Will Britbox save ITV?
Updated: Mar 18, 2019
When Carolyn McCall, former head of Easyjet UK, first jetted in as CEO of ITV last year she set out how she believed video on demand (VOD) would be at the heart of ITV's strategy for growth.
She set out how ITV would be making a major announcement about its VOD plans by the end of February 2019.
Sticking to the flight plan Captain McCall bookended ITV's year end February financial statement with her vision of expanding Britbox, the US & Canada based subscription video on demand (SVOD) service, to the UK and make it the jewel in the crown of ITV's business.
In the US Britbox is seen as a bit of success considering it went from a standing start two years ago to about 0.5m subscribers in the USA. That's half a million customers paying around an average of $70 a year for a best of UK BBC & ITV service including soaps and series but no movies or sport.
That adds up to a revenue of $35m a year, perhaps a bit more if you assume some of the subscribers may pay the slightly more expensive monthly rate, say $40m a year revenue.
$40m a year may sound like a lot of money and I would certainly like to own a business with this type of turnover. Unfortunately in terms of viable international TV businesses it is alas rather tiny. To put it in context Netflix in the US alone made $7.6billion revenues from which it made $2.5b profit.
Before you rush off and buy Netflix shares please remeber lots have people have done this already and they are some of the priciest stocks on the market. Also the profit is not real as it excludes a lot of things that are really quite necessary for the business to continue - like servicing their massive debt pile and making new programmes for which they have to borrow even more money.
But back to Britbox in the US and what kind of profit they make. Say they have the same type of return that Netflix has in the US and can return about 30% in profit. That's at best $12m based on a business split between ITV and BBC. Or $6m for each party before you take off any taxes or interest for debt or any investment for new programmes.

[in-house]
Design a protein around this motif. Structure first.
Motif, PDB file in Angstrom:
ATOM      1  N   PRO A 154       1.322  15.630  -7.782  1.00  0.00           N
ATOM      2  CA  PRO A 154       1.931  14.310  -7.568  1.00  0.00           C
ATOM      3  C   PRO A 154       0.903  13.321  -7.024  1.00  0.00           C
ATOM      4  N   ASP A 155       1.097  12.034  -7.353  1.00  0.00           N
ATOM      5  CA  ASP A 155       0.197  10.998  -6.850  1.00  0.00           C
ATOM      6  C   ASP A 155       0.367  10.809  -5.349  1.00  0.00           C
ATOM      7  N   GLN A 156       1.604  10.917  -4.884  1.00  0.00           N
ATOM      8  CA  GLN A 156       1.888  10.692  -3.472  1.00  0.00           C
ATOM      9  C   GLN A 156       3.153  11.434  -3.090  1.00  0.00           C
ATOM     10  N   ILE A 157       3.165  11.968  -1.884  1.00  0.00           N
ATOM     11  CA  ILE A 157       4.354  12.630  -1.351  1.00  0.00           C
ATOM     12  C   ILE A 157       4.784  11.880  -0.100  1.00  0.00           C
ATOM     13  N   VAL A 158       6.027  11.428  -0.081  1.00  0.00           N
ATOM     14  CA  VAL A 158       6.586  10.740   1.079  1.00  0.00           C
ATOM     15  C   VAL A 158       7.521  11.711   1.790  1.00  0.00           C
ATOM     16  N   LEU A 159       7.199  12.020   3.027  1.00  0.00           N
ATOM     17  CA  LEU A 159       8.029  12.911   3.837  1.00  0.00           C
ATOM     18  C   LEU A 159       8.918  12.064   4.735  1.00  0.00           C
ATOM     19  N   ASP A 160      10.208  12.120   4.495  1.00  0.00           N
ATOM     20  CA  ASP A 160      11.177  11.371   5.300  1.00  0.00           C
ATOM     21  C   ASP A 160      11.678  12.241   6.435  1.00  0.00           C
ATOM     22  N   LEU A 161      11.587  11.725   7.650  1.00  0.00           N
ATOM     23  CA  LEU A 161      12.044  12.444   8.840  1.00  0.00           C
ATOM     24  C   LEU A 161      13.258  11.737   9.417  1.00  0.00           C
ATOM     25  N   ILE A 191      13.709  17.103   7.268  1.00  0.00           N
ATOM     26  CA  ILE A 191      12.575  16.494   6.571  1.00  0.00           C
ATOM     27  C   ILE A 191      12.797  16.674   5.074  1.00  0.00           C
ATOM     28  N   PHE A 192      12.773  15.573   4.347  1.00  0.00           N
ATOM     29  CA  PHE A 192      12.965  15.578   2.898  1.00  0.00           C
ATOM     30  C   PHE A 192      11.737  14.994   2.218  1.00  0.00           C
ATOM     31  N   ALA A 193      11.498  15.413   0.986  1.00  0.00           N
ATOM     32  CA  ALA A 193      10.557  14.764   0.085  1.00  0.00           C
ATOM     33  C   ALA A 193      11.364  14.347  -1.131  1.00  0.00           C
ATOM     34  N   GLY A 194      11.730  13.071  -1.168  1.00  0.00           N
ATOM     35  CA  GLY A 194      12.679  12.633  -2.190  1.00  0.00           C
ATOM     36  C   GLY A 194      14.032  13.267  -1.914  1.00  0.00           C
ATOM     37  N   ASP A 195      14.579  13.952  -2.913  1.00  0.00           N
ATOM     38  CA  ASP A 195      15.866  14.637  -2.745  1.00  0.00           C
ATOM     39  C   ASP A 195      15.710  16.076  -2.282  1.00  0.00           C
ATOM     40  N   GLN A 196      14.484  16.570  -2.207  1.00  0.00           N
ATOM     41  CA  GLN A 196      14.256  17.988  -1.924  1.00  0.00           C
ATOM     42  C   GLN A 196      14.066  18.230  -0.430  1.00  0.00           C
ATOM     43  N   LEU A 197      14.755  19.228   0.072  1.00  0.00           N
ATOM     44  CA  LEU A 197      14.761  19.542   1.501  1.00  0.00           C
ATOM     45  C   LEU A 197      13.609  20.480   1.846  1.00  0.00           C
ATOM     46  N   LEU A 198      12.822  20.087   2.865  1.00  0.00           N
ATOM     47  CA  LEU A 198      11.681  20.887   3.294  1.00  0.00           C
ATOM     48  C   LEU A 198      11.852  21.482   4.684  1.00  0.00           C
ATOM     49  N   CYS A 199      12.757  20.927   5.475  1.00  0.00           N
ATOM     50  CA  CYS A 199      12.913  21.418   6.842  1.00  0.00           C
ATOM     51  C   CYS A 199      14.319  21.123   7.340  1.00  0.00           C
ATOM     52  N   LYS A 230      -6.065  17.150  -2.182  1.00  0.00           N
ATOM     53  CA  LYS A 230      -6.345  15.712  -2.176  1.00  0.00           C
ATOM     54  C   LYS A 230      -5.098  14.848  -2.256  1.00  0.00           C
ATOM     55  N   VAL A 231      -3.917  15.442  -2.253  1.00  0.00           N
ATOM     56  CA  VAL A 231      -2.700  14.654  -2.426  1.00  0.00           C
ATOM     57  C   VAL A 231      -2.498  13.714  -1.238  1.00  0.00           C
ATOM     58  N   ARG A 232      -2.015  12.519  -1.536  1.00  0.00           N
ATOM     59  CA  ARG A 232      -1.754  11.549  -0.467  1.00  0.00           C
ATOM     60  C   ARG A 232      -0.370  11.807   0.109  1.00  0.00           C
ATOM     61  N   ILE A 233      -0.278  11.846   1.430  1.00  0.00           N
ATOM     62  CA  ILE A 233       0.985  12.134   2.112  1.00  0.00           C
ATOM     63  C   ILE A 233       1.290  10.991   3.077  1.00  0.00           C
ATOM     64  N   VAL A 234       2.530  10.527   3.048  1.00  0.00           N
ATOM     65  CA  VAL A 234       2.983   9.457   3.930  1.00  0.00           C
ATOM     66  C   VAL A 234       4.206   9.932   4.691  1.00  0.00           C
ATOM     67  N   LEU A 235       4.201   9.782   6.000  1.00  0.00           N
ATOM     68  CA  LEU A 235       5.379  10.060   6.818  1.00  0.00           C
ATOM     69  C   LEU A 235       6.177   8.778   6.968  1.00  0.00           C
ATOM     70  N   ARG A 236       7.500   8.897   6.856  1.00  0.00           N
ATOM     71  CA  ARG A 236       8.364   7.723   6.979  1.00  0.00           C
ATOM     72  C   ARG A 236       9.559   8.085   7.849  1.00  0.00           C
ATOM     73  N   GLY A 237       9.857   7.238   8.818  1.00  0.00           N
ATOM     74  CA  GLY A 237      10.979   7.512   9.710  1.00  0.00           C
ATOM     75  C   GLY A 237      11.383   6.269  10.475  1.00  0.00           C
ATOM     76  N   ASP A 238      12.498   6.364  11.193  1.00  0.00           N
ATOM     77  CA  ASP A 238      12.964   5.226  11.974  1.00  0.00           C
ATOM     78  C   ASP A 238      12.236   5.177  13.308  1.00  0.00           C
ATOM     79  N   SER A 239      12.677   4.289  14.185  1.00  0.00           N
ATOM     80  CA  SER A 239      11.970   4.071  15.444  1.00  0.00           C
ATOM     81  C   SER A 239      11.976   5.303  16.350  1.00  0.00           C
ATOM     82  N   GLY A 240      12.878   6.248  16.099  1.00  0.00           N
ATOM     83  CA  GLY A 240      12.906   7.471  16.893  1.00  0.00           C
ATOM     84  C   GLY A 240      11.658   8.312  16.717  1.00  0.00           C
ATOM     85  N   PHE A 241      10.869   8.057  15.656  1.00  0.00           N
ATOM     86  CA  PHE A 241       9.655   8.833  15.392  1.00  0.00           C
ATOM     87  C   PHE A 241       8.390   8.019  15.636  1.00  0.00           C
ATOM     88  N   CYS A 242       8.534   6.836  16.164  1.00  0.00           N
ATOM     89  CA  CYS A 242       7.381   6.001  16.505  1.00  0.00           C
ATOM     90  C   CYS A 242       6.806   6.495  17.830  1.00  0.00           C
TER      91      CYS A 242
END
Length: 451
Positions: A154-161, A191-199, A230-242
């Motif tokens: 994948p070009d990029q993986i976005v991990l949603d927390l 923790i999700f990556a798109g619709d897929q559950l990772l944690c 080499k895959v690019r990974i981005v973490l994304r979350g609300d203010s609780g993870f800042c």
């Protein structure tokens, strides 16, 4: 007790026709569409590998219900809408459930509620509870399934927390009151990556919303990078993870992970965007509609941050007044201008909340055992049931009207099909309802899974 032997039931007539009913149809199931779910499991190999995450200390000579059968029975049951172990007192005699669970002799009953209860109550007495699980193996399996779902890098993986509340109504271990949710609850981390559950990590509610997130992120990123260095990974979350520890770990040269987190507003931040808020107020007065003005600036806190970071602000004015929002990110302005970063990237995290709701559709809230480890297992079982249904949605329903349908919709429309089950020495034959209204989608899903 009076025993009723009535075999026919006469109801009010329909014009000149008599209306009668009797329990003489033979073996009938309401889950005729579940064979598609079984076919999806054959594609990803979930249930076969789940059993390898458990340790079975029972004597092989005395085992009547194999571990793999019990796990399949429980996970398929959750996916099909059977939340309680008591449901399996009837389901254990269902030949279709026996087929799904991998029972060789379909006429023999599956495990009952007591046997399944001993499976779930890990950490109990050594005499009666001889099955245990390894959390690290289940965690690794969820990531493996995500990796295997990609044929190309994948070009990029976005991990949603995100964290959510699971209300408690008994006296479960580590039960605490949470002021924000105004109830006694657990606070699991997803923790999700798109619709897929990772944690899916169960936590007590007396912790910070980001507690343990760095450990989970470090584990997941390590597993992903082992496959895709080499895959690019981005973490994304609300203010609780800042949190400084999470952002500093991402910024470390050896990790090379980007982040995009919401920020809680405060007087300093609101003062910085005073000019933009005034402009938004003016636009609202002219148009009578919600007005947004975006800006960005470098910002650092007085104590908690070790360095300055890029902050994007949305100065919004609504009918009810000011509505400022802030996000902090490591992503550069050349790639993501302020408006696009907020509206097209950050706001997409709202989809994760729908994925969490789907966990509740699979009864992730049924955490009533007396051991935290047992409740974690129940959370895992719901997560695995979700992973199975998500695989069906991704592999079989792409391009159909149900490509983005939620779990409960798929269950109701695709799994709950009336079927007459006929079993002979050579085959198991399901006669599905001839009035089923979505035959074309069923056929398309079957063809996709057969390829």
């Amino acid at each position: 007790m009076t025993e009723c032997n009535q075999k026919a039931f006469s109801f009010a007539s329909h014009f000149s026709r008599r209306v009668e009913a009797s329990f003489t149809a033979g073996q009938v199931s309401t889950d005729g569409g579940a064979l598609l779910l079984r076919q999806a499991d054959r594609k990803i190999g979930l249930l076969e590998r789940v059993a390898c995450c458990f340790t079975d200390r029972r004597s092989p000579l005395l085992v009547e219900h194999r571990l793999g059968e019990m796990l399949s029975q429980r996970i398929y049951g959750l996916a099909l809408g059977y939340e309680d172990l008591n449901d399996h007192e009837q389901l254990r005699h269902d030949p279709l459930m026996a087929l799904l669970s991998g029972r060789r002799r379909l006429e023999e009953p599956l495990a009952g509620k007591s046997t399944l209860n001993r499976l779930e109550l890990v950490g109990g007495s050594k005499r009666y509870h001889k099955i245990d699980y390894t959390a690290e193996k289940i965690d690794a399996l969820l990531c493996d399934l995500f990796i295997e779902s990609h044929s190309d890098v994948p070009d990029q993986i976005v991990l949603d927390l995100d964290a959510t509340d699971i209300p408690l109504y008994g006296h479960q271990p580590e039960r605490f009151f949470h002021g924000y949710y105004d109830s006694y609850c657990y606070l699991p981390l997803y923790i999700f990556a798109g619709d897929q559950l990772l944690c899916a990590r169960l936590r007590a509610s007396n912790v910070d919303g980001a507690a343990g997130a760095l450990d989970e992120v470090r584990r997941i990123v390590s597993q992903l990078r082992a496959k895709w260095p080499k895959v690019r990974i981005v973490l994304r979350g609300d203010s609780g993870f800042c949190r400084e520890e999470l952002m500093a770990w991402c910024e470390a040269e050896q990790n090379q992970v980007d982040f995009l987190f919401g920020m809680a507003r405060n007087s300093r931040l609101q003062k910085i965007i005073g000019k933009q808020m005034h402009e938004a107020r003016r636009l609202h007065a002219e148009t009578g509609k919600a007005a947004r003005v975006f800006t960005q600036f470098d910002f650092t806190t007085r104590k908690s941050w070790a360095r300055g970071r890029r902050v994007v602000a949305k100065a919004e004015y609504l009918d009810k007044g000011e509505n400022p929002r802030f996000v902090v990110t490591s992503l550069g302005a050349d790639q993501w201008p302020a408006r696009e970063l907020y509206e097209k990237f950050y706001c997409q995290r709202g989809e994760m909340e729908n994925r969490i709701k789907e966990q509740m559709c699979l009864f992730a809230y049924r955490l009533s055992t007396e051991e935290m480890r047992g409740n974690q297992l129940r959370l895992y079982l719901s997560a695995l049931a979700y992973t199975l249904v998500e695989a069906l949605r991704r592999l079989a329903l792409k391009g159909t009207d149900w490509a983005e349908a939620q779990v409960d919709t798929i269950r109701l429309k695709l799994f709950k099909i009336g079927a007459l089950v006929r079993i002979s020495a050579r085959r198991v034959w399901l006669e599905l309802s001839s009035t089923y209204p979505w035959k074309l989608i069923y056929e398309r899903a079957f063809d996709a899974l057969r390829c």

So even on the best possible numbers Britbox in the US makes no money. And this is based on them making a margin of 30% which is almost certainly too high, as Netflix's margin is only 30% in the US where it has the economies of scale set up. It's margin for international markets is 8.5%. So all in all I would be surprised if US Britbox wasn't loosing quite a bit of cash at the moment. And this is meant to be an example of a successful service.
Looking at Britbox in the USA from the point of view of subscribers and its success is equally questionable. It's 0.5m subs compare to 58m US subs for Netflix. Of course they haven't been going as long as Netflix or aggressively marketed and still and their growth has doubled in 12months. So again, 0.5m sounds like a lot but in terms of the 125m US TV homes this is not a blip yet. It's business model is completely unproven and there's no evidence that it can scale up significantly from where it is as it's ultimately a niche product. Not that many people in the USA want to watch Corrie, ponderous psychopath procedurals or sanitised costume dramas.
So I'd take McCall's statements about SVOD with a major pinch of salt. Clearly she needed to have some big idea as the new incoming boss and developing Britbox was the best proposition available. But there is clearly no way Britbox however successful stands a chance of denting the strategic direction of ITV - which has to stay the same. It's an old-fashioned TV advertising model (2/3rds of the income) with a healthily growing production business on the side providing the rest of the revenues.
If McCall has made a mistake it's not to come out shouting more about the benefits of this old model. How it actually works brilliantly at making money and will growth because of not despite the structural changes in the industry. ITV's jewel in the crown is hiding in plane slight.